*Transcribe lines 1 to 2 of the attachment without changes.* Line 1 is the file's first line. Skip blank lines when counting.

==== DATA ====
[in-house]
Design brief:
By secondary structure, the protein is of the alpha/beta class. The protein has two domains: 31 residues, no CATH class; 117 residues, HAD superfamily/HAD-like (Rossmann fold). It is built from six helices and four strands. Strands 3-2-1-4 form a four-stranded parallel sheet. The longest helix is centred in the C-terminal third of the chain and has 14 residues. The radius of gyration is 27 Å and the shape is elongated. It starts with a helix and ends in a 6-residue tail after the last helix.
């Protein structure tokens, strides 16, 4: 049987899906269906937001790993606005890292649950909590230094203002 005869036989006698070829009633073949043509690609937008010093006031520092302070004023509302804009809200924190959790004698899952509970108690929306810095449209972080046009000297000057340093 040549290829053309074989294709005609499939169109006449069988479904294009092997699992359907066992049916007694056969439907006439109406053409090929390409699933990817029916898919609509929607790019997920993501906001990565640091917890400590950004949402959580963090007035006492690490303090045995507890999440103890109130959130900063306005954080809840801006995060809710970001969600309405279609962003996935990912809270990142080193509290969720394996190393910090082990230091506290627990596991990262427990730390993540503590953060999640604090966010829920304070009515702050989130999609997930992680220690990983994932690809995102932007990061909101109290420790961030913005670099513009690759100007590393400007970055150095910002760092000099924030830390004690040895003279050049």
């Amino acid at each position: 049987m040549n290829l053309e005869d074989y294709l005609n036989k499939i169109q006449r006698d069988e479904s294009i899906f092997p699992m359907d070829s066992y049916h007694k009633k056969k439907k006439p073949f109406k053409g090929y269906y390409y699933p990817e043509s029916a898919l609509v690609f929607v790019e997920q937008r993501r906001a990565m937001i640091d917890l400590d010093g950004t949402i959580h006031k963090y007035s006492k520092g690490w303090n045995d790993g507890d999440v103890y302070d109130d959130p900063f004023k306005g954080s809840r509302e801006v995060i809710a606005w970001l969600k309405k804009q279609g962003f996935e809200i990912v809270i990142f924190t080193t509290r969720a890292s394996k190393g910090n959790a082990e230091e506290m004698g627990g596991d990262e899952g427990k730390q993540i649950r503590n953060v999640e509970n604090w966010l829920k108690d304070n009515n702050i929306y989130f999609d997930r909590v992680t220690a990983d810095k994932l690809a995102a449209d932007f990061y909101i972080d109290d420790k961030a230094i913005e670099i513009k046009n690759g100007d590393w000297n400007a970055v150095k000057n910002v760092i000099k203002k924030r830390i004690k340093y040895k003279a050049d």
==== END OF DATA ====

[in-house]
Design brief: